This article is a review of a new gallery opening in Prague and the exhibition presented there.
A new hub for modern art in Prague.
The brand-new museum with all its grandiosity is creating a strong competition to DOX – arguably the leader of contemporary art showcase venues in Prague. Kunsthalle’s central positioning in the city (Malostranská metro station) is another ace in its sleeve; with its entry facing the exit of Prague Castle tourist route and capturing the hungry eyes of visitors with Instagrammable looks.
The first exhibition celebrates the building’s heritage (a former Zenger Electrical Substation) while interconnecting it to art. An elegant tribute entertains the visitor with plenty of interactive pieces while guiding through the 20th century art experimentation. The exhibition features over ninety works of art by several generations of artists from all around the world, including independent figures and members of emblematic groups such as Bauhaus, GRAV, Dvizhenie, ZERO, and teamLab. It is a vibrant mix of the work of pioneers such as Mary Ellen Bute, Zdeněk Pešánek, László Moholy-Nagy and Marcel Duchamp; established names such as Julio Le Parc, Yaacov Agam, Woody and Steina Vašulka, François Morellet, Adéla Matasová, William Kentridge; and representatives from younger generations such as Refik Anadol, Žilvinas Kempinas, Shilpa Gupta, my personal favourite Olafur Eliasson, Michael Bielický and Kamila B. Richter.
My excitement to finally enter the building in a pre-reserved slot is slightly clouded by the queue and metal detector check (an unheard-of security measurement in Czech museums). However, I rapidly forgot about it as a bunch of friendly staff members (equally unheard-of in Czech museums) greeted me on every possible corner of the hall. The establishment is a not-for-profit and an NGO, but it does offer a membership in various packages (more on that here).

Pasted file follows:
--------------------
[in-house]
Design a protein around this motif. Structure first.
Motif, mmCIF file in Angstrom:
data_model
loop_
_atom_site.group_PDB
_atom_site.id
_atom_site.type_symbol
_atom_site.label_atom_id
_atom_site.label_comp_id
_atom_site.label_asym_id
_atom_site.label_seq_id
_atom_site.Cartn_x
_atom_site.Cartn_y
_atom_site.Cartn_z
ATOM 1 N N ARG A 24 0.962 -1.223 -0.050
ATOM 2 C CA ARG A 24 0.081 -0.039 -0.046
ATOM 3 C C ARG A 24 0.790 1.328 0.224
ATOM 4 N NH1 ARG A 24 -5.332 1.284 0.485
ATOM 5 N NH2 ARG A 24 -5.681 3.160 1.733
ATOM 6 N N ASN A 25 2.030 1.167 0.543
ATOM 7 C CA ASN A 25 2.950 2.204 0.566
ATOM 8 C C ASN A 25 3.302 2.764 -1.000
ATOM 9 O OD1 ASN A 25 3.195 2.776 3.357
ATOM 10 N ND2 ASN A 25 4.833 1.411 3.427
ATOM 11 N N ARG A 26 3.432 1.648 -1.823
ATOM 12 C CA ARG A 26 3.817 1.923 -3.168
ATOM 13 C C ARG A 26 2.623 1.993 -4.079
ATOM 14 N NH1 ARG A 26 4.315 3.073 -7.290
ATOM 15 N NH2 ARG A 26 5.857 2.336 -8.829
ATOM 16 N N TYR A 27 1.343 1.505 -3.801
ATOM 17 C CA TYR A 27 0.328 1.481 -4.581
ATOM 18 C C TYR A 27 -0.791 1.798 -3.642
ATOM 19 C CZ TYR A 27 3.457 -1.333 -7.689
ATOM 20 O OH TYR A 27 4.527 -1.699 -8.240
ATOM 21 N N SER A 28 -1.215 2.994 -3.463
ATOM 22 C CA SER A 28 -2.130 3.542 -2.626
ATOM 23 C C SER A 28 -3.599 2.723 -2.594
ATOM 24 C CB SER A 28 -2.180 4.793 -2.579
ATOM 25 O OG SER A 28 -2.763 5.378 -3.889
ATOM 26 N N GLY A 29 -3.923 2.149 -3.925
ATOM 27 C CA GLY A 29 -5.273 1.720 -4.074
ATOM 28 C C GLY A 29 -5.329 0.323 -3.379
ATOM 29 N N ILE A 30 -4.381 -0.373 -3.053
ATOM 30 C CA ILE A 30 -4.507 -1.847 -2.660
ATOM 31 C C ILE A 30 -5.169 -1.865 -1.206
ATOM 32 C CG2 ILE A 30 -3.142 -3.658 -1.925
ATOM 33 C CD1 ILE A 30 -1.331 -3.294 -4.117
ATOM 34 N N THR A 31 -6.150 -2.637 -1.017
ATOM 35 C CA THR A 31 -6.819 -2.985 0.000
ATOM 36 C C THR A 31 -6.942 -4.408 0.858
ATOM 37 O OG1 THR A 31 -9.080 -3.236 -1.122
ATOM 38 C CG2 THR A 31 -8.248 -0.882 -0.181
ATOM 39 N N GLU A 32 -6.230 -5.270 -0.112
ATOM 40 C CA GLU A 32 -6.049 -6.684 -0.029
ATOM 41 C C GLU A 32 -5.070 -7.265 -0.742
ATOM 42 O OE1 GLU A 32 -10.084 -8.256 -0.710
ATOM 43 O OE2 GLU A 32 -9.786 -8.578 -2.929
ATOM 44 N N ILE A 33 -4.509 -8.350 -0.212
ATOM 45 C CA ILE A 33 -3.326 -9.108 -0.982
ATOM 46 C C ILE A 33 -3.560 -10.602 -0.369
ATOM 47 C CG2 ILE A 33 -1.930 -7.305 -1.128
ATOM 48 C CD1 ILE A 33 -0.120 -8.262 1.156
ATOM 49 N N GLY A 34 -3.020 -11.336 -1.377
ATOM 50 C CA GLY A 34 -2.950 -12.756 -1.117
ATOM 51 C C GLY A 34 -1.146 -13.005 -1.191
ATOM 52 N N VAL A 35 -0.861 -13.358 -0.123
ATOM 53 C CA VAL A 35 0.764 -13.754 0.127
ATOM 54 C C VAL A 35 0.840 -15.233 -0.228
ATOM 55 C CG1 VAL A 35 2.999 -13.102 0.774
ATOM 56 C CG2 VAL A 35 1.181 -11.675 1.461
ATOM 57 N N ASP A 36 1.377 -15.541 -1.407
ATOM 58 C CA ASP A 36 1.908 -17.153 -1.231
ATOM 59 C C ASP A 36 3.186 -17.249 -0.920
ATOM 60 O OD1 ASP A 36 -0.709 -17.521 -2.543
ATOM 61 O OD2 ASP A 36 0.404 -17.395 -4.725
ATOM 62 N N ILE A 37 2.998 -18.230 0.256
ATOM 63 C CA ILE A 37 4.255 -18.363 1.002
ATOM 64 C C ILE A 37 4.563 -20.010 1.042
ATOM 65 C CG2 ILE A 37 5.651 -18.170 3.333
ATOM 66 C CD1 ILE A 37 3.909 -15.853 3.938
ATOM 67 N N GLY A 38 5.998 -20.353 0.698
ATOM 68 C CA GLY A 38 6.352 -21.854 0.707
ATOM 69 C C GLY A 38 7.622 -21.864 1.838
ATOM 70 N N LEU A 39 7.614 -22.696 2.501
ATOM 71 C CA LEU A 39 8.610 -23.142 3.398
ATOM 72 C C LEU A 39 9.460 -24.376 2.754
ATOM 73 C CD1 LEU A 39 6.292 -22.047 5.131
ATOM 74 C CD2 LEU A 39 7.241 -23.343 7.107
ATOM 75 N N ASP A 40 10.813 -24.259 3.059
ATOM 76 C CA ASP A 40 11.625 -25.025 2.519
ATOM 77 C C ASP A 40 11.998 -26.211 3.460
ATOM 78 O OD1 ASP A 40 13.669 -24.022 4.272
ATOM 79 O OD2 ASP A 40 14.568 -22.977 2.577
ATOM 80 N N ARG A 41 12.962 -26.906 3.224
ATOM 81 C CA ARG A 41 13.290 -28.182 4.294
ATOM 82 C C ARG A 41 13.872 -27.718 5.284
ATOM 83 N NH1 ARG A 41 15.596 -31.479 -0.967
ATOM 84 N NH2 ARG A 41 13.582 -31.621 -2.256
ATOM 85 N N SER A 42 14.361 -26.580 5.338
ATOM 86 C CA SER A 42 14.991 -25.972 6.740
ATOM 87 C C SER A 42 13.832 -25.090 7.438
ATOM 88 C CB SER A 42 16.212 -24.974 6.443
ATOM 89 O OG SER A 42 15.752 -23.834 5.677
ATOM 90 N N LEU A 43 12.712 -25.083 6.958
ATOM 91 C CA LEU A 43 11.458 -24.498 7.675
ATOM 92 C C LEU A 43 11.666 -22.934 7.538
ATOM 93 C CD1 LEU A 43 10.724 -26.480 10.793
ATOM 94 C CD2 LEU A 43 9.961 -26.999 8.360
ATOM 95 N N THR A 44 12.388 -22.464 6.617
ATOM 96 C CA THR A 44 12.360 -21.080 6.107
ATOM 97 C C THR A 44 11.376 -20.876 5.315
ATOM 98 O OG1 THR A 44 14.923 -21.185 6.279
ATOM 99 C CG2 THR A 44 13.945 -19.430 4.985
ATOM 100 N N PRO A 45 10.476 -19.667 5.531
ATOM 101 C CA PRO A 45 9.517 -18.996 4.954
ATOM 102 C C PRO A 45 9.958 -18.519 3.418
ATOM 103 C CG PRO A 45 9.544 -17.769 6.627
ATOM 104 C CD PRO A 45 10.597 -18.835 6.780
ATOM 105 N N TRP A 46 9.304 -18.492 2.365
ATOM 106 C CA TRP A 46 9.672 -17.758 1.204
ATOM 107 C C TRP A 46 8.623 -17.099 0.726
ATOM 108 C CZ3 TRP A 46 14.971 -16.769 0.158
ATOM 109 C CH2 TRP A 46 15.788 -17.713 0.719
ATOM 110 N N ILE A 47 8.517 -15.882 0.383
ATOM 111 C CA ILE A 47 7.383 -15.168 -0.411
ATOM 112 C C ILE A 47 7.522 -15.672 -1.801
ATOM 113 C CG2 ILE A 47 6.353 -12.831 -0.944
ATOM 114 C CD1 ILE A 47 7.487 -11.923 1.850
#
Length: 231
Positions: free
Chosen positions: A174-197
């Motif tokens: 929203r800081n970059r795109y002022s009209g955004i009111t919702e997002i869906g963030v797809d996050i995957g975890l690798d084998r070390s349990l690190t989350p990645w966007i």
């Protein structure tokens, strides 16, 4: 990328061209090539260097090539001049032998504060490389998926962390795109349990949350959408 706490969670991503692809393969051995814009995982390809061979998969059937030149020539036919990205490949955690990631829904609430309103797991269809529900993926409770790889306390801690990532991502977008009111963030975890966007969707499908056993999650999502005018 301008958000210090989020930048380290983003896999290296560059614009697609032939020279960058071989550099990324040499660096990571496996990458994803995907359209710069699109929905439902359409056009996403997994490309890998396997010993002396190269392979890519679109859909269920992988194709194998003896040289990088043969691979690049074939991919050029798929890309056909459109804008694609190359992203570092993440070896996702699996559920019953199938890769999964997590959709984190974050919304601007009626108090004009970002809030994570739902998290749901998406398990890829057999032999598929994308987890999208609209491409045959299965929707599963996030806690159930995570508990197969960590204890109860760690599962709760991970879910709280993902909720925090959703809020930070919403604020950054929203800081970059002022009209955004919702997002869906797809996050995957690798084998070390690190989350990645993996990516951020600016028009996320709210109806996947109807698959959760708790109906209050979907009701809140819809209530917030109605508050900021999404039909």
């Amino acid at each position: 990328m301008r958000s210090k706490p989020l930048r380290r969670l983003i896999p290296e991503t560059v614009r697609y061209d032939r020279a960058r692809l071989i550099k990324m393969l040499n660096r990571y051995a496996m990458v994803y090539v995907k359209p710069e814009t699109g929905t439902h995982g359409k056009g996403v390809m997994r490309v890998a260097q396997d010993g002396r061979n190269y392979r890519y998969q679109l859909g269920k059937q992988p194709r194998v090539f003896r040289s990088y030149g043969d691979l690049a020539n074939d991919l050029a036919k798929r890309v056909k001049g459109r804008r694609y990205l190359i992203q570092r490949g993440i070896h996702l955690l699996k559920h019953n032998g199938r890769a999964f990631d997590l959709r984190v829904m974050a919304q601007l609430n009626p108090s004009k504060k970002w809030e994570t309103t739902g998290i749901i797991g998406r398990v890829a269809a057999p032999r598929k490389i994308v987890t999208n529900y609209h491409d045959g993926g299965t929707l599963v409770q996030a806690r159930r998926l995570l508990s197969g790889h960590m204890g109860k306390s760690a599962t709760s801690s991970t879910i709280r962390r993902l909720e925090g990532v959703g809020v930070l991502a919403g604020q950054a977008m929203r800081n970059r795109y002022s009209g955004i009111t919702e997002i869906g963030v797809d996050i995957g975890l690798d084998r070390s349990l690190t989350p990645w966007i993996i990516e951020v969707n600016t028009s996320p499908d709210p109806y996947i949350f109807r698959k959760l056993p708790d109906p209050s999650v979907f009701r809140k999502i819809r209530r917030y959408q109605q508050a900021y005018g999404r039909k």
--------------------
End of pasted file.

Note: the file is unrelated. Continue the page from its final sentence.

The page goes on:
It’s a Tuesday afternoon, yet the place is full (a part of me wonders if anyone in this city has a job). Right from the start I get swept away by several beautiful architectural details of the interior itself: rough concrete texture on the walls reminiscing of the building’s substation past, glossy terrazzo flooring and a minimalist umbrella locker.
Once I started going through the exhibition – two hours passed swiftly. Curators did a great job; artworks are grouped together accompanied by info boards providing historical context and more in-depth analysis, yet they are always followed by some interactive piece. Cycling through a 90s version of a metaverse city, floating infinity, real time fly portraits, shadow play, digital graffiti wall, inverted tower dome, etc. - visitors don’t get bored.
Two items stood out for me:
Mark Dion’s Cabinet of Electrical Curiosities. Imagine if Wes Anderson styled your grandpa’s garage shelves. The extremely visually satisfying permanent site-specific work for Kunsthalle Praha, the Cabinet of Electrical Curiosities, puts to use various artefacts discovered and uncovered in the Zenger Transformer Substation that date from its construction in the 1930s to the present day. The building once powering Prague’s trolley system carries a transcendental spirit of rapid lifestyle change. A set of once revolutionary objects - switches, lightbulbs, batteries and other electrical components – is carefully curated on shelves, in drawers and in glass display cases.
Otto Piene’s Lightroom Prague. Not sure if a public museum is the place to meditate but this piece had the most meditative vibe I have ever experienced in my life. For Piene light has been an essential medium since the middle of the past century, and the concept of Lightroom Prague finds its origins in artworks such as Light Ballet (1959) which is also composed by ‘dancing’ lights projected onto a dim space. The piece has a little two-seater bench for those willing to observe for longer (which I highly recommend). Mesmerising firefly dance resembles astral movements, and one loses track of time getting hypnotised by it. I had my earpods in, which probably made the experience even more immersive, as the space is not sound insulated.